clock menu more-arrow no yes mobile

Filed under:

The Big Bat Theory

After spending the Winter committed to improving the offense, the front office needs a do-over.

Otto Greule Jr

Last season, the Mariners had a chance to finish April with a winning record, but after two stinkers versus the Toronto Blue Jays and one extra-inning loss versus the Rays thanks to Brandon League, they instead settled for an 11-13 record. At that time, Ichiro and Michael Saunders were the most valuable position players for the Mariners, both registering 0.6 WAR. Munenori Kawasaki had more plate appearances than John Jaso and Miguel Olivo dazzled ADHD fans by walking just twice in 84 trips to the plate.

But that's all the past, right?

The off season was all about big bat, run-producing goons and we indeed saw Michael Morse, Kendrys Morales and company go all Ragnar Lothbrok on Spring Training pitchers. The club had a well documented change of heart on the "fair dimensions" of Safeco Field, moving the fences in ostensibly to aid in run production and free agent attraction. The latter clearly didn't work out, but now that it's the end of April, let's take a peek at the run production progress. I think you know where this is going, so feel free to avert your eyes.

The Mariners are 12-16. They rank 24th in the league with a team wOBA of .301 (for the non-geeks, a good description of wOBA can be found here). 24th is good because it's ahead of six other teams. It's bad in almost every other way. The Mariners own a team slash line of .240/.304/.378. If chicks dig the long ball, then the ladies are probably happy with the new offense as they're tied for 10th in home runs with 28, ahead of the likes of the Texas Rangers and the Washington Nationals. They are like the Texas Rangers and Washington Nationals in no other way other than having access to similar equipment. They are in the bottom third of all teams in walk rate and in the top third in strikeout rate. They average 3.32 runs per game, second worst only to the Miami Marlins.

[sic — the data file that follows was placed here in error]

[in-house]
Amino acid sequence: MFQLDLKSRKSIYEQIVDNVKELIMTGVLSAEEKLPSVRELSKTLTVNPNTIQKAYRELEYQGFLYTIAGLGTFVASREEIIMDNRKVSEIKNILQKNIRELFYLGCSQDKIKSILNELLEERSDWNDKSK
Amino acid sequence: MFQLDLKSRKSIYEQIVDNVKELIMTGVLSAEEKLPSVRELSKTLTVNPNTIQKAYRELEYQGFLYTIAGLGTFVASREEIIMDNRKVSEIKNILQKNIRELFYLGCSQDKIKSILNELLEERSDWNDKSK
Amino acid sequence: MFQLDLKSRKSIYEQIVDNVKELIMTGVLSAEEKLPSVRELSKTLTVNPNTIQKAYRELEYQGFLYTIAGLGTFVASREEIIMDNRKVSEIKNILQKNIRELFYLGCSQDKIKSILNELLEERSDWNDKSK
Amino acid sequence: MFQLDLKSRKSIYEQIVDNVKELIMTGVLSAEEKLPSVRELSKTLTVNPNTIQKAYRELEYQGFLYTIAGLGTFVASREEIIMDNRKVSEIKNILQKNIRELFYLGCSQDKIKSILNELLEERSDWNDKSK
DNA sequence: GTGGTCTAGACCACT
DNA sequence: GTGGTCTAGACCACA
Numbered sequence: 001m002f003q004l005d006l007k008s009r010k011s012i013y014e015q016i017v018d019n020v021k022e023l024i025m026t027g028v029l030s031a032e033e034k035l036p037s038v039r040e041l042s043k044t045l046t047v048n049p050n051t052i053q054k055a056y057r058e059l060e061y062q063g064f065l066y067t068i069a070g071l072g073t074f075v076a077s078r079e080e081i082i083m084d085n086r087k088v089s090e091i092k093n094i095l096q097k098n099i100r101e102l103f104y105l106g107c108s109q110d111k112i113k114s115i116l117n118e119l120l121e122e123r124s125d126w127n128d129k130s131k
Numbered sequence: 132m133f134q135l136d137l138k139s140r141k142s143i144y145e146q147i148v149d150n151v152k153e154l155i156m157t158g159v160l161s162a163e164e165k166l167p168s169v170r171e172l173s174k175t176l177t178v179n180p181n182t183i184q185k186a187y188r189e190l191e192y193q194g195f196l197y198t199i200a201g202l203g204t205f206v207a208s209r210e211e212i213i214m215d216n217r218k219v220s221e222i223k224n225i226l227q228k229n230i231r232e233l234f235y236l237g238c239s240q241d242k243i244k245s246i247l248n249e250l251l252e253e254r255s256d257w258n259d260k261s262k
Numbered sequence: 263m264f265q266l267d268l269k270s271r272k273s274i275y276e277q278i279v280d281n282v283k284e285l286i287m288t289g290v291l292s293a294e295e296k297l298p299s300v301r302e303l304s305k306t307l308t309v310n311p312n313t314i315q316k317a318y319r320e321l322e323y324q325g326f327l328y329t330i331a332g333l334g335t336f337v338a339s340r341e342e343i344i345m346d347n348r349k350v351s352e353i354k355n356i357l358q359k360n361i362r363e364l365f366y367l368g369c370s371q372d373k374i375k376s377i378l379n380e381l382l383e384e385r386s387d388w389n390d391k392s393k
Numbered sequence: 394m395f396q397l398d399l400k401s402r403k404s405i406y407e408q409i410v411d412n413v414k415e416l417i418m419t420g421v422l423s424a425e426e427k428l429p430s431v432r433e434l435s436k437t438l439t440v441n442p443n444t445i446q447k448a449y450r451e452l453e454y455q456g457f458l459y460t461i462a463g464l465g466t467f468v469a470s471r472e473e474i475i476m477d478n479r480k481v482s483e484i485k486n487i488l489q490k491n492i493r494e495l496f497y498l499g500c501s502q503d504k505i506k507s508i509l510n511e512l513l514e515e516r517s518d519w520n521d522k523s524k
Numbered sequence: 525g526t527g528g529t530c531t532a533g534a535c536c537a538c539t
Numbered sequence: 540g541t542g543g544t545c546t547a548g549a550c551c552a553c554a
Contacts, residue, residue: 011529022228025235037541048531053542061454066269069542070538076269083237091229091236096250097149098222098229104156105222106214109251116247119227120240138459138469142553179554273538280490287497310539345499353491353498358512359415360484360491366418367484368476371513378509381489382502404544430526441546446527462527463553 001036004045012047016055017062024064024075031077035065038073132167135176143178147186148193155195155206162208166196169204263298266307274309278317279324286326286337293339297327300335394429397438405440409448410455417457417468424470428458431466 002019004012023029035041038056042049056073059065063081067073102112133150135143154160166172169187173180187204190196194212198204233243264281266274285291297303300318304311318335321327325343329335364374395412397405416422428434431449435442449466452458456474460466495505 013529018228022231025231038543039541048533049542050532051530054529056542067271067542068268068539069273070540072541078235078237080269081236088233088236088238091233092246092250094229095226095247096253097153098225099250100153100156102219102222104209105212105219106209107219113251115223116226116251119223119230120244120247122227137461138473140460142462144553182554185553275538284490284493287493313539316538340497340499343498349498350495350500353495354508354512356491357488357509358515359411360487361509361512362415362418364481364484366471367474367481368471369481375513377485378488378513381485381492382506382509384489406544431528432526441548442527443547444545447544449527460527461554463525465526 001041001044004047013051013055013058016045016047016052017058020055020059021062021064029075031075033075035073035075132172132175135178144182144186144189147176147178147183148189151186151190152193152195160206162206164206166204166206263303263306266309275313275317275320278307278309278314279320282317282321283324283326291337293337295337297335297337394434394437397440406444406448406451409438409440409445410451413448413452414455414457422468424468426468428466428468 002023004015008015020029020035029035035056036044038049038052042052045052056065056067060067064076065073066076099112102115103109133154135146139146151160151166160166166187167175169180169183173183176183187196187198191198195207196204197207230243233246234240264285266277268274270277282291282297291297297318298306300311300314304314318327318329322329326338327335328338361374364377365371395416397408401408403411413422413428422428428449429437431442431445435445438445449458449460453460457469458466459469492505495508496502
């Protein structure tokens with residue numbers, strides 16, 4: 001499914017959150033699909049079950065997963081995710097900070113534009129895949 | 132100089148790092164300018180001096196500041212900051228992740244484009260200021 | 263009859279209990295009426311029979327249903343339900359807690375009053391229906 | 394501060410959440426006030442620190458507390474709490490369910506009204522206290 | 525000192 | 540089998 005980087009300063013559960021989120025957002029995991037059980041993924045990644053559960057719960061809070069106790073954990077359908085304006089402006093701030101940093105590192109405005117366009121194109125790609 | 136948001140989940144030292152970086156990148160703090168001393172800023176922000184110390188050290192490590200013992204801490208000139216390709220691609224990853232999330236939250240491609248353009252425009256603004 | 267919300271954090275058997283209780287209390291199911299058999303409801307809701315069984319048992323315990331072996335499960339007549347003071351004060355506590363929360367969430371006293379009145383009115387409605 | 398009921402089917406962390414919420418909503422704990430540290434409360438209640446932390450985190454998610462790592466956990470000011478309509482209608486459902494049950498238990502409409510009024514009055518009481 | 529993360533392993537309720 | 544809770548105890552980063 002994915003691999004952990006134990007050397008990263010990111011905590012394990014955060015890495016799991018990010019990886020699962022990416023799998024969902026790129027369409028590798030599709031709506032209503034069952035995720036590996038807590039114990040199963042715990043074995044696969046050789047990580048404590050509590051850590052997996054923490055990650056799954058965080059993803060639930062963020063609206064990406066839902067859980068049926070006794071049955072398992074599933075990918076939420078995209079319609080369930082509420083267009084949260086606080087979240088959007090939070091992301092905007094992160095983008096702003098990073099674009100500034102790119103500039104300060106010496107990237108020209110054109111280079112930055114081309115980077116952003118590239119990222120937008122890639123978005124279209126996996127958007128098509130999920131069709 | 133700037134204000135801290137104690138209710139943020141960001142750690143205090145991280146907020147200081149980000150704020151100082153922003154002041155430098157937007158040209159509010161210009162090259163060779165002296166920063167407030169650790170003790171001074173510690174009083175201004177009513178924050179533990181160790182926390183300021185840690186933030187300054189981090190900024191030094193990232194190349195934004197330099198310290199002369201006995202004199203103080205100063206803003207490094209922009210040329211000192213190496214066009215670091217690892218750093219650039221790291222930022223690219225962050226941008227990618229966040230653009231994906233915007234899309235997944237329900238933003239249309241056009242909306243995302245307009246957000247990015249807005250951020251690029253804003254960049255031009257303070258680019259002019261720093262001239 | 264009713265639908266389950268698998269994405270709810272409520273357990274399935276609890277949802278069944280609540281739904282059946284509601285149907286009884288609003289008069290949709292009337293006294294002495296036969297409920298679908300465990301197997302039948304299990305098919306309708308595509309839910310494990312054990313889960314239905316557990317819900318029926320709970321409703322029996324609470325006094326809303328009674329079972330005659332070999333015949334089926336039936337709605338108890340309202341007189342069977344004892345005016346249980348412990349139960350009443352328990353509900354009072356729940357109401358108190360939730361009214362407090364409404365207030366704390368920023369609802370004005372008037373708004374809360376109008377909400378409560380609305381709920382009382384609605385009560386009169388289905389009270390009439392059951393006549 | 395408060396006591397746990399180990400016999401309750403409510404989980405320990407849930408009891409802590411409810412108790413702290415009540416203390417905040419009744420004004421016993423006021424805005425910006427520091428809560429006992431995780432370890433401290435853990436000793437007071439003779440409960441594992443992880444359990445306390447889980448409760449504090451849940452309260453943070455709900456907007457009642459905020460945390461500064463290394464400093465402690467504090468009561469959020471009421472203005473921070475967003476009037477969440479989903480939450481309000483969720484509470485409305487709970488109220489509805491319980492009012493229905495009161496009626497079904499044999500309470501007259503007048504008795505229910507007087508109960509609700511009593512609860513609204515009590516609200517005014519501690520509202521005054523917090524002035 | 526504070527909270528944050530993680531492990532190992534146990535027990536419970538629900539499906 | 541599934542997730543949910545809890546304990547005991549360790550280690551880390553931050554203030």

Is this an improvement over 2012? It kind of depends on where you look.

In April of 2012, the team was hitting .238/.288/.375. If getting on base about ten more times floats your boat, then get your dancing shoes on -- otherwise, that's damn near a mirror image to the team they're running out there right now. Consider this:

Runs/Gm K% BB% wOBA ISO HR
2012 3.87 19.3% 6.4% 0.290 0.137 22
2013 3.32 21% 7.6% 0.301 0.136 28

So they're striking out more walking more, and although they've hit six home runs more than they did in 2012, their power is actually coming in behind where they were in 2012 and they're scoring far fewer runs. Terrific.

Maybe they've been getting a bit of a raw deal on balls in play. Just maybe. The Mariners have put somewhere in the vicinity of 700 balls in play this month. If we accept that BABIP becomes relatively stable after 820 balls in play and if we like the math on expected BABIP enough, then you could say a few of their hits ought to have found a place where someone wasn't standing. Their current BABIP is just over .280 and their expected BABIP is fully .313. So there's your nugget of optimism.

There's fretting about Chone Figgins not working out when he really should have and then there's signing guys that you really, as Vincent Vega might say, "should have better known better."

If they could manage to replace this guy with someone league average, it would help:


Or maybe this guy?


Oh, wait - same guy! Problem solved!